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#1929: The Makaya Project : Paryski explains it


The Macaya project:

Pic Macaya was mentioned in Moreau de St. Mery's Description de Saint 
Domingue  and was probably named after a bizango loa.  During the early part 
of the 19th century the area was explored by a few hardy botanists and 
ornithologists, notably Wetmore and Swales (1920's) and Eric Ekman (1920's & 
1930's).  The scientists testified to the incredible richness and uniqueness 
of the biodiversity they found and proposed that the area be made into a 
national reserve.

In the early 1980's I explored Macaya searching for a long believed extinct 
bird, the Black Capped Petrel which we later found at Macaya and Lavisite.  I 
met Charles Woods, a biologists from the University of Florida who had 
conducted extensive and very fruitful research on paleo-mammalogy and the 
birds in Haiti.  We agreed that it was essential to protect Macaya and the 
area around Pic Lavisite on the LaSelle ridge, since they contained 
priceless, internationally important biodiversity, since they were the 
watersheds for the Plane des Cayes and la Plaine de Cul de Sac and for their 
outstanding and spectacular beauty.

I put the case for a conservation project to USAID and they agreed to provide 
$250,000 for an initial project.  I went to the Haitian government and 
explained that USAID would provide this funding only if the two parks were 
legally established.  $250,000 being a rather large sum at that time, the 
government agreed and we wrote a decree which as promptly signed by Jean 
Claude Duvalier.  After 2 years of hard work planting trees in Lavisite, 
organising peasants and completing  complete biogeophysical inventories of 
Lavisite and Macaya with the superb team lead by Charles Woods, the project 
was unfortunately closed when Jean-Claude was dechoukayd

Again after some fervent pleading, USAID financed a larger project,of about 
$750,000 for the conservation and protection of Parc Macaya.  Since Lavisite 
was not included, I paid the two remaining Lavisite park guards out of my 
pocket.  The project ran until the 1991 coup d'etat.  We managed to fence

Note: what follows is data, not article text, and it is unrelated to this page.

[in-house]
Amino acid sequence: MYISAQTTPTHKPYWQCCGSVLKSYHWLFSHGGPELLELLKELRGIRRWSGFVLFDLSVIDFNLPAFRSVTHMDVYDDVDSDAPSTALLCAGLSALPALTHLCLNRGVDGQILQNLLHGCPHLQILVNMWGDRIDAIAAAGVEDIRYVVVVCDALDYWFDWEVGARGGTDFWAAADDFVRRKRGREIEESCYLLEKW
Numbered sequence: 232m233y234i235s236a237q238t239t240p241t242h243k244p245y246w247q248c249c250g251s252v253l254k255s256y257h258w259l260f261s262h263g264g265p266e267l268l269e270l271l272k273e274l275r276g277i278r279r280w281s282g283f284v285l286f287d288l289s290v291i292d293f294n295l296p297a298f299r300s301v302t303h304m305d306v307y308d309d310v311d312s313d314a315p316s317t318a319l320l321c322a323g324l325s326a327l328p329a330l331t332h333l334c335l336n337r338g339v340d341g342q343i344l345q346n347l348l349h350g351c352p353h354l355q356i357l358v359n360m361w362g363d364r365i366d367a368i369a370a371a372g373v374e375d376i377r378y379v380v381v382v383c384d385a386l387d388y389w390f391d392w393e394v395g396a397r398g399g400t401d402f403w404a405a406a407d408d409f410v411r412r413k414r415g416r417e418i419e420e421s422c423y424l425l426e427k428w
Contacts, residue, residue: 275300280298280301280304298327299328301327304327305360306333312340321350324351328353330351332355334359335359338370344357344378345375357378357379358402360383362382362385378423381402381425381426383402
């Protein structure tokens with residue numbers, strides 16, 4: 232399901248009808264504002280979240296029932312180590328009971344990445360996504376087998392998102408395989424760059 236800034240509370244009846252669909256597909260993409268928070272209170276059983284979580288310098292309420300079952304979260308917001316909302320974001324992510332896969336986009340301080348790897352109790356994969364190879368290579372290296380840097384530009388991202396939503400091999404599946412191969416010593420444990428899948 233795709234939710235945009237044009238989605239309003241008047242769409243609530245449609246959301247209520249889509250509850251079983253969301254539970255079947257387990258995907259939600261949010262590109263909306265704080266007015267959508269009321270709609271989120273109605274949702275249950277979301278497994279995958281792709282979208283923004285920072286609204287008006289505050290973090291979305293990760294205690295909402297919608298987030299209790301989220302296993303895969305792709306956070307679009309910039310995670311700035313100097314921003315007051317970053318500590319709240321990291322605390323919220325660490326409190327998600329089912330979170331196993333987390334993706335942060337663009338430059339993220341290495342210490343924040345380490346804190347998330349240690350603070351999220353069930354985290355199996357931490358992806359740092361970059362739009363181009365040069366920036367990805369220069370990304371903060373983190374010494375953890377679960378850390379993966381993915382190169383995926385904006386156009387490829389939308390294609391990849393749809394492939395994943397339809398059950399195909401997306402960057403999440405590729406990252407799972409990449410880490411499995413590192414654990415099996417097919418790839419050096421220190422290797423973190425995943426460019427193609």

parts of the park, replant hundreds of thousands fo trees including rare 
hardwoods such as the Bwa Tremble, and perhaps most importantly to help the 
peasants organize and improve their incomes while stoppiing most agricultural 
activities in the Park.  We established an experimental farm and constructed 
parks headquarters builidings. We re-introduced thousands of Franco-creole 
pigs, improved bean crops and started production of cabbage, beets and 
carrots which were unknown to these peasants.  A guide organisation was 
created as well.  Further research established the existence in the area of 
50 new plant species unknown to science.  although we did not accomplish all 
we had hoped to, the rampant destruction of Macaya was seriously slowed if 
not stopped and the peasants were motivated.

After the return of "constitutional" (sic) government, the World Bank funded 
a government Assistance Technique pour la Protection des Parcs et Forets to 
help manage and protect Lavisite, Macaya and Foret des Pins.  $22 million 
were allocated  and to date more than $15 million have been spent, but, alas, 
very little has been accomplished other than numerous studies.  There is 
practically no project or government presence in either park.  Rather tragic.

The following is a brief description of Parc Macaya I wrote a just before the 
close of the USAID project:

Macaya National Park

Area:   5500 ha.
Location:   180 kms west of Port-au-Prince at 18 21'N 74 01'W access via les 
Established:    April 1983 by Presidential Decree
Administration:     Ministère d'Agriculture with Ministère de l'Environnement
Vegetation: Montane cloud and mesic forest, pine forest, lower montane humid